Boasting a startlingly beautiful Indian Ocean coastline studded with tranquil islands and historic towns, Mozambique is one of Africa’s most beguiling destinations. Go on a game walk in Niassa Reserve, watch traditional silversmiths on Ibo or snorkel among colourful reef fish at Bazaruto. Explore the vibrant markets of Maputo, a coastal capital buzzing with Afro-Mediterranean flair – or just chill out on a swathe of pristine, deserted beach.
Beaches, beaches, and more beaches
Beautiful Pangane Beach is one of Mozambique's most popular stretches of sand © Alberto Loyo, Shutterstock
White sand, sparkling turquoise waters, and palms fronds swaying in a tropical sea breeze. Beaches, in a nutshell, are what tourism to Mozambique is all about. Fringed by some 2,500km of lush Indian Ocean coastline, not to mention dozens of beautiful offshore islands, Mozambique has little competition when it comes to the accolade of Africa’s ultimate beach destination. Opportunities along the coastline involve diving and fishing, whale watching and birdwatching. Much of the coastline is undeveloped meaning that travellers will find truly deserted beaches, many of which stretch for kilometres on end, even at the more built-up resorts.
Fascinating historic towns
An old house made of coral rock on Ibo Island © Katiekk, Shutterstock
Sleepy, historic Inhambane would be a highlight on any African itinerary and should not be missed by travellers to Mozambique. Noted for its fine beaches, seemingly endless stands of tall coconut palms and superb marine activities, the coast around Inhambane is one of the country’s most important tourist hubs yet facilities are sufficiently spread out that it seldom feels crowded.
Ilha de Moçambique is the oldest European settlement on the east coast of Africa and also perhaps the most intriguing and biazarre. Measuring about 3km from north to south and at no point more than 600m wide, crescent-shaped Ilha de Moçambique (Mozambique Island) houses several of the southern hemisphere’s oldest extant buildings.
The small town of Ibo on Ibo Island ranks among Mozambique’s most ancient settlements. The visitors who do make it to this compelling town find that wandering around the timeworn alleys and interacting with its fewer than 4,000 inhabitants invariably forms a highlight of their time in Mozambique.
Untrammelled national parks
Sunset over Gorongosa National Park © nicolasdecorte, Shutterstock
A recent development in Mozambique is the upgrading and opening up of several national parks. Foremost among these is the refurbished Gorongosa National Park which extends 5,250km2 and was Mozambique’s flagship conservation area in the last years of the Portuguese colonial era, when it was widely regarded as one of the finest safari destinations anywhere in Africa. Gorongosa has been through some lean times since then but is now well on the road to recovery and there is optimism that it might reclaim its place as one of the regions finest wildlife destinations, particularly following the welcome intervention of the Carr Foundation in 2004.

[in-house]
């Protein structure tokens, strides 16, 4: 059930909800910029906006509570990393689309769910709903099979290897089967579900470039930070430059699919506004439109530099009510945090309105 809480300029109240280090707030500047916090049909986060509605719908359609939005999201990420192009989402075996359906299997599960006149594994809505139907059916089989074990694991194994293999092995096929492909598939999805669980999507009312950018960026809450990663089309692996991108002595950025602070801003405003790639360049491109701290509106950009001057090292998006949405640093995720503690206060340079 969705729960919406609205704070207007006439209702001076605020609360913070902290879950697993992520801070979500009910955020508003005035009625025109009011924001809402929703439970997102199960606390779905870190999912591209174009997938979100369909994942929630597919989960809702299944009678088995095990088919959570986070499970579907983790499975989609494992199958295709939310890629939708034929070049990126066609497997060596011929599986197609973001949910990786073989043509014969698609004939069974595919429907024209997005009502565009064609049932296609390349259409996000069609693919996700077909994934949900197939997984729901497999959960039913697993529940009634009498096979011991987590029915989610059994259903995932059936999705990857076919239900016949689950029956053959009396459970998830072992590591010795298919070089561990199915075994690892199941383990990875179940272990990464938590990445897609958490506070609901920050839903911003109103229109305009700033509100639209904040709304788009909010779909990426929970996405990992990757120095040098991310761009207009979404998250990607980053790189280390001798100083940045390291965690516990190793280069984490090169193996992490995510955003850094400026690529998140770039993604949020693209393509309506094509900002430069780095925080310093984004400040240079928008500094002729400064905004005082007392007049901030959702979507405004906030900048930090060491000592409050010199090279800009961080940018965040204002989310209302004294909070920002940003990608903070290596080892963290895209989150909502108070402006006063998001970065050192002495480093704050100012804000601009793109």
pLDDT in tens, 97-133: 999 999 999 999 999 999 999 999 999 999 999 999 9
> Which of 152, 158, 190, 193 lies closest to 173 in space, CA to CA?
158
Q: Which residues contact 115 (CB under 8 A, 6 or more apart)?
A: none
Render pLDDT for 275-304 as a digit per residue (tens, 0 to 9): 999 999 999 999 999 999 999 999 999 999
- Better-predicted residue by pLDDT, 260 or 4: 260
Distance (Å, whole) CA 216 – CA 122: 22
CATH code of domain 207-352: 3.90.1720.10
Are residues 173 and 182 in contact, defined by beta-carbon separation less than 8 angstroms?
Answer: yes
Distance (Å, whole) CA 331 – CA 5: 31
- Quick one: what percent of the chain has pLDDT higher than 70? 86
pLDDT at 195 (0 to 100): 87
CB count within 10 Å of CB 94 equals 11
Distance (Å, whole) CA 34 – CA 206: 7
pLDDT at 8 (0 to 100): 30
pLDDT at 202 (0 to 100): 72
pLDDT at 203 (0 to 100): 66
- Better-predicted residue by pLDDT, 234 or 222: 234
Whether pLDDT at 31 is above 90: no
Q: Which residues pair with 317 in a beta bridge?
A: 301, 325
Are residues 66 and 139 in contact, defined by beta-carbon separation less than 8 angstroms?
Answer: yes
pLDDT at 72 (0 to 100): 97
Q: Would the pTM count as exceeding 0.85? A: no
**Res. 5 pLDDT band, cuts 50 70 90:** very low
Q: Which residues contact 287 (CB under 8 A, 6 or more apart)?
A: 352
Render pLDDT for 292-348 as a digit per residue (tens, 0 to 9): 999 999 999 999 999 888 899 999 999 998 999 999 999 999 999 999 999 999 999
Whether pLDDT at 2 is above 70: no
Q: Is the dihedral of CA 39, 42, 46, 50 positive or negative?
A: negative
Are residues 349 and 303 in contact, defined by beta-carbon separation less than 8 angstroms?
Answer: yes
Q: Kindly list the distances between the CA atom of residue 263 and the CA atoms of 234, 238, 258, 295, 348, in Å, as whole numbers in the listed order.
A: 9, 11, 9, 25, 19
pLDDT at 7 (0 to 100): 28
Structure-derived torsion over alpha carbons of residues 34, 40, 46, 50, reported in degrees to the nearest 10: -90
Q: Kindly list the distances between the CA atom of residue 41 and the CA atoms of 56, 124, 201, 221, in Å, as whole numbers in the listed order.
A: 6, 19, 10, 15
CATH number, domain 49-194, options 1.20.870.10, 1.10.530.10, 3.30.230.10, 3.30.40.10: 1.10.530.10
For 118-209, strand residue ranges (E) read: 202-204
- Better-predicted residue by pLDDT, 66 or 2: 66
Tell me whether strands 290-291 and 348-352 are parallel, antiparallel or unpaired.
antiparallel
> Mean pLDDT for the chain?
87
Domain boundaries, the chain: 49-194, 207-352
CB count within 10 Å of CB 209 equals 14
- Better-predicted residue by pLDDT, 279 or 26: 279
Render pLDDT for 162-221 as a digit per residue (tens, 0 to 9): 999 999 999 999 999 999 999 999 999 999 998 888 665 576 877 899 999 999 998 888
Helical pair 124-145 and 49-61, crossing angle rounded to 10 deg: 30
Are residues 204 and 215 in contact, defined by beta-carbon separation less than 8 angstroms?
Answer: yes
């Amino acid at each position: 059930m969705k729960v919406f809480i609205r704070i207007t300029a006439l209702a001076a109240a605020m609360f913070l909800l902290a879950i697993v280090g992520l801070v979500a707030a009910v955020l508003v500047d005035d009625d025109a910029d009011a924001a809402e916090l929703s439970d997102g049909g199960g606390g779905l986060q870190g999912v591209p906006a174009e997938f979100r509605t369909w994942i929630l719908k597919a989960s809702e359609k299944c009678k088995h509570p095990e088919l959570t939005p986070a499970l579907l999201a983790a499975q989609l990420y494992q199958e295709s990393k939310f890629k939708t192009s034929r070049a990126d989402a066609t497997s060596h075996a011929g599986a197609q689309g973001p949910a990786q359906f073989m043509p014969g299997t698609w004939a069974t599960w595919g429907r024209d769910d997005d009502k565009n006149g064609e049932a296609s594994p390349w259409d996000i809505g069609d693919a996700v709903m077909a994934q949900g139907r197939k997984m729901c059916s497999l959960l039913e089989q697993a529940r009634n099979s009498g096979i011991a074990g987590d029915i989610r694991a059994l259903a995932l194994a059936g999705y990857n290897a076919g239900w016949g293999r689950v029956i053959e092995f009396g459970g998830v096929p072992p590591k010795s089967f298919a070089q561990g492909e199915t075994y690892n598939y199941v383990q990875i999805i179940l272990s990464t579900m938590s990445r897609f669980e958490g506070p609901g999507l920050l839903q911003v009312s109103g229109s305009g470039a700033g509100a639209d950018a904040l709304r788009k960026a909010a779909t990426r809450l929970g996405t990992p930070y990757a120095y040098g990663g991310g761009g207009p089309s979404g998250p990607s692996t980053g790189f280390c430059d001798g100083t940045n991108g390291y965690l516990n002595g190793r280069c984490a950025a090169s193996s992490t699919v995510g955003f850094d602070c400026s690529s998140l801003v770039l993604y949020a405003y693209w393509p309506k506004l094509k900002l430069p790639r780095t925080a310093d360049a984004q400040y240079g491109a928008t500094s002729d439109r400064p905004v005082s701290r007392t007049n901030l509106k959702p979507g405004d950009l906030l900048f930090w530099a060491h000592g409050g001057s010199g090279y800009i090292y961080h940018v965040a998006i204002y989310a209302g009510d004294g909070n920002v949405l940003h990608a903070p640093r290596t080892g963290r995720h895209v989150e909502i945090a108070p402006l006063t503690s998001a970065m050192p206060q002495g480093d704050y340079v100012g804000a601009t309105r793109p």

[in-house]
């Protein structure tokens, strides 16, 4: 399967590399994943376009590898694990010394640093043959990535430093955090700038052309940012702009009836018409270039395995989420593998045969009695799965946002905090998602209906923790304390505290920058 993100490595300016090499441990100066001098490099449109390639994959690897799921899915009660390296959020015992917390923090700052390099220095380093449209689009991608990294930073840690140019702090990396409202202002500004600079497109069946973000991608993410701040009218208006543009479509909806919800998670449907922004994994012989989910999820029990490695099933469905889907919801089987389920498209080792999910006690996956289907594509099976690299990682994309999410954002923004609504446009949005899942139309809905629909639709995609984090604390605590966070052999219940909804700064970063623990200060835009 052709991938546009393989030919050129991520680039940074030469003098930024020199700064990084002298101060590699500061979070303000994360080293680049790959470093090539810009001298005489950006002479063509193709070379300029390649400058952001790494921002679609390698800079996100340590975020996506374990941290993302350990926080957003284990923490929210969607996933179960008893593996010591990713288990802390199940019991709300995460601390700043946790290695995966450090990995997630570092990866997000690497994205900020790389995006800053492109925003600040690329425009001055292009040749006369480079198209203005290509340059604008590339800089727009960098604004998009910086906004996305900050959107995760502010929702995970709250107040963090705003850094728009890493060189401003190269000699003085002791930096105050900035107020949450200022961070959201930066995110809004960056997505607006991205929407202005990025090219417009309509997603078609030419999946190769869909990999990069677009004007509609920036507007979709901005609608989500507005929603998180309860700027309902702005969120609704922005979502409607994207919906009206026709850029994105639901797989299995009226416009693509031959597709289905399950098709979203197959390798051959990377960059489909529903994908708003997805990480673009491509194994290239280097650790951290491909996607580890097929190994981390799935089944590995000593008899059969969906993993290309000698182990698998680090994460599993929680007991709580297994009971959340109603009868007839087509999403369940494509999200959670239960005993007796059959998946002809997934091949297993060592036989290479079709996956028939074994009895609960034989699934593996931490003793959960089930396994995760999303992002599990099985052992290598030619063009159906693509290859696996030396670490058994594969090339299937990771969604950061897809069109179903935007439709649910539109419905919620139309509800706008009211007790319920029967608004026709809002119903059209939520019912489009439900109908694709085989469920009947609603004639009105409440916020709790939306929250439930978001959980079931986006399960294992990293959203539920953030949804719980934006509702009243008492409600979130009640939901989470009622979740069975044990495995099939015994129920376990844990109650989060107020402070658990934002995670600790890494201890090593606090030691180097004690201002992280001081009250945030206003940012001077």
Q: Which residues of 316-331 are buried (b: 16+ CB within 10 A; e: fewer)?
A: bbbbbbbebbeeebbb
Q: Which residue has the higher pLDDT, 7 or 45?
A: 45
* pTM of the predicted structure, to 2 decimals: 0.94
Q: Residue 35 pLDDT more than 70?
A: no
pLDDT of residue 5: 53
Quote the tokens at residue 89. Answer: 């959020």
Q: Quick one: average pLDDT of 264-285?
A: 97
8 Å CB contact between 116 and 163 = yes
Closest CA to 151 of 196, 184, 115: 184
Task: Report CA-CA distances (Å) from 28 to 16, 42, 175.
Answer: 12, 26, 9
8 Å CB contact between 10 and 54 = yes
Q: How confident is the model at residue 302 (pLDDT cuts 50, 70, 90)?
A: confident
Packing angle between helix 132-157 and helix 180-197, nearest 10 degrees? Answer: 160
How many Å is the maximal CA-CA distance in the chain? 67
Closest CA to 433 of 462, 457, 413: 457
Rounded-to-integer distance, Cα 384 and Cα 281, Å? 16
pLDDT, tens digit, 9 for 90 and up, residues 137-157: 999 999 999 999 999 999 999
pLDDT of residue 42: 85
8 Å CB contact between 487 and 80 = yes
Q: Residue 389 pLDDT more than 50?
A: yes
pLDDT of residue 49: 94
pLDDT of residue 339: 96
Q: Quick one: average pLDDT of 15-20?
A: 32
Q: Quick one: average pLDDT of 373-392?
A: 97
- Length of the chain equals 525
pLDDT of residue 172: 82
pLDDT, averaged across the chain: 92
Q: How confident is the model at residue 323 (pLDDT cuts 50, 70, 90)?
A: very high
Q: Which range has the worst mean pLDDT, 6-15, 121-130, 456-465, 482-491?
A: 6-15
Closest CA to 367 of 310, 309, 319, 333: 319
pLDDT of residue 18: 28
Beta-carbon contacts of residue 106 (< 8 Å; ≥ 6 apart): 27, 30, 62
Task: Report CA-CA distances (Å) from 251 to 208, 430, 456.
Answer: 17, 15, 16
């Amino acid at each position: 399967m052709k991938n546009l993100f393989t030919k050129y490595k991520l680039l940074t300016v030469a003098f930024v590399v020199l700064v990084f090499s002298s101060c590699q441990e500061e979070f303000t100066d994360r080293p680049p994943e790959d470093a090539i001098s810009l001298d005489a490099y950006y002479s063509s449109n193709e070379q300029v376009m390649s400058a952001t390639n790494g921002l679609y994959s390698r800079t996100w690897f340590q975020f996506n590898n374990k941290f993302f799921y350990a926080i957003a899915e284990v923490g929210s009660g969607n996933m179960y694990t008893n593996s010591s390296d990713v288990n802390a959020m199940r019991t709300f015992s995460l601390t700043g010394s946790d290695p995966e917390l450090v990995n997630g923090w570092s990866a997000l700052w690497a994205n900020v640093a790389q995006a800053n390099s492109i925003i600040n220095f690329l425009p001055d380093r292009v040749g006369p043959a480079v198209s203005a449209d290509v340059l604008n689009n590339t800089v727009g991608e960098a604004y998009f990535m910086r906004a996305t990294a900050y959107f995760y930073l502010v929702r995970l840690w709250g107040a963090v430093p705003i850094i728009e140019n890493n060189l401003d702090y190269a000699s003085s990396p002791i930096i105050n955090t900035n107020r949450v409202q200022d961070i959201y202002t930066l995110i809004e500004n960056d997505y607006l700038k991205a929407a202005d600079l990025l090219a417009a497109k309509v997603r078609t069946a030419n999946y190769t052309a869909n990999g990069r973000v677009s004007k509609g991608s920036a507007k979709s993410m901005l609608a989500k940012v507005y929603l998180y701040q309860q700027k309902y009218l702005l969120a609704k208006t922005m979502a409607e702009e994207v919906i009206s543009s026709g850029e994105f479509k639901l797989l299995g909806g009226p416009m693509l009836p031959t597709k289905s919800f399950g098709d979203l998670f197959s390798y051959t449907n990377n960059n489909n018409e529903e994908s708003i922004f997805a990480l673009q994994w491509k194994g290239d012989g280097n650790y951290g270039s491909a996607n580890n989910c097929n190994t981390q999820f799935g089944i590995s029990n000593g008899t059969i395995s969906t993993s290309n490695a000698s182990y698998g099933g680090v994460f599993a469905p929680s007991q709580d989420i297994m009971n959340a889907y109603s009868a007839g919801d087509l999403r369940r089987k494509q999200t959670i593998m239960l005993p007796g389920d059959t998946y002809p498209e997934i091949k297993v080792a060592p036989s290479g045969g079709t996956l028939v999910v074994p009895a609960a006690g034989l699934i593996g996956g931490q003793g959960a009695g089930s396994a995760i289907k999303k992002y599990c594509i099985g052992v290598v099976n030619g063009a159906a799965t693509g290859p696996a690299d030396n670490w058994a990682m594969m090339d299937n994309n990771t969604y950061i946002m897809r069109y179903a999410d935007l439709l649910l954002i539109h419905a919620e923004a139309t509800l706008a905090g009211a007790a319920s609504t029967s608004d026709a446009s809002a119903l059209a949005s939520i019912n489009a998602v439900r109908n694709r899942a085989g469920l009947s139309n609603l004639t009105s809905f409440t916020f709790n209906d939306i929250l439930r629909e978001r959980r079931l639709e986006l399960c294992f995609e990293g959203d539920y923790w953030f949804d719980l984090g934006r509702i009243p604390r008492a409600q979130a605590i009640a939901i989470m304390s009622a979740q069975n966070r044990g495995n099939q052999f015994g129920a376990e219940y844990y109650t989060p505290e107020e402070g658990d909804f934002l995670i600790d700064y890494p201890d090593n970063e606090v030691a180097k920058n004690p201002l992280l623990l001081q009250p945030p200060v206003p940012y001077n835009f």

Furthermore, the inconceivably vast Niassa Nature Reserve is Africa’s third largest wildlife sanctuary and offers as untrammelled an African bush experience as still exists in the 21st century. Guided game walks offer the opportunity to experience the African bush as its inhabitants do, on foot, without the constant roar of an engine providing an unwanted aural backdrop; while canoeing on the river – past spluttering hippos, drinking elephants and a splendid array of birds – is utterly entrancing.
An energetic capital
A statue of Michel Samora stands outside the City Hall in Maputo © Fedor Selivanov, Shutterstock
Maputo is the largest urban centre in Mozambique and has served as the national capital since 1898. The streets and markets are busy and energetic, and drivers tend to be courteous and somewhat less manic than in many other parts of Africa. Arrive in Maputo without prejudice and it is, quite simply, a most likeable city – as safe as any in Africa, and with a good deal more character than most. The avenidas, lined with jacaranda, flame and palm trees and numerous street cafés, have a relaxed, hassle-free, Afro-Mediterranean atmosphere that is distinctively Mozambican. They are flanked by attractive old colonial buildings in various states of renovation and disrepair which gives the impression that this is a city with not only a memorable past but also a bright future.
Dugout canoes on Lake Niassa's scenic beach © Ariadne Van Zandbergen
Better known to outsiders as Lake Malawi, Lago Niassa is the third-largest lake in Africa (and ninth largest in the world), running for 585km from north to south, and up to 75km wide from east to west. It is a remarkable body of water, lying at the southern end of the Rift Valley system, the immense geological scar that cuts through Africa all the way from the Red Sea to the Zambezi Valley. Up to 700m deep, it is hemmed in by the dramatic mountains of the Rift Valley escarpment, which tower more than a kilometre above its surface in places. Known for its thrillingly clear water and relatively low pollution levels, it probably harbours a greater variety of fish than any other lake in the world, including hundreds of endemic cichlid species.
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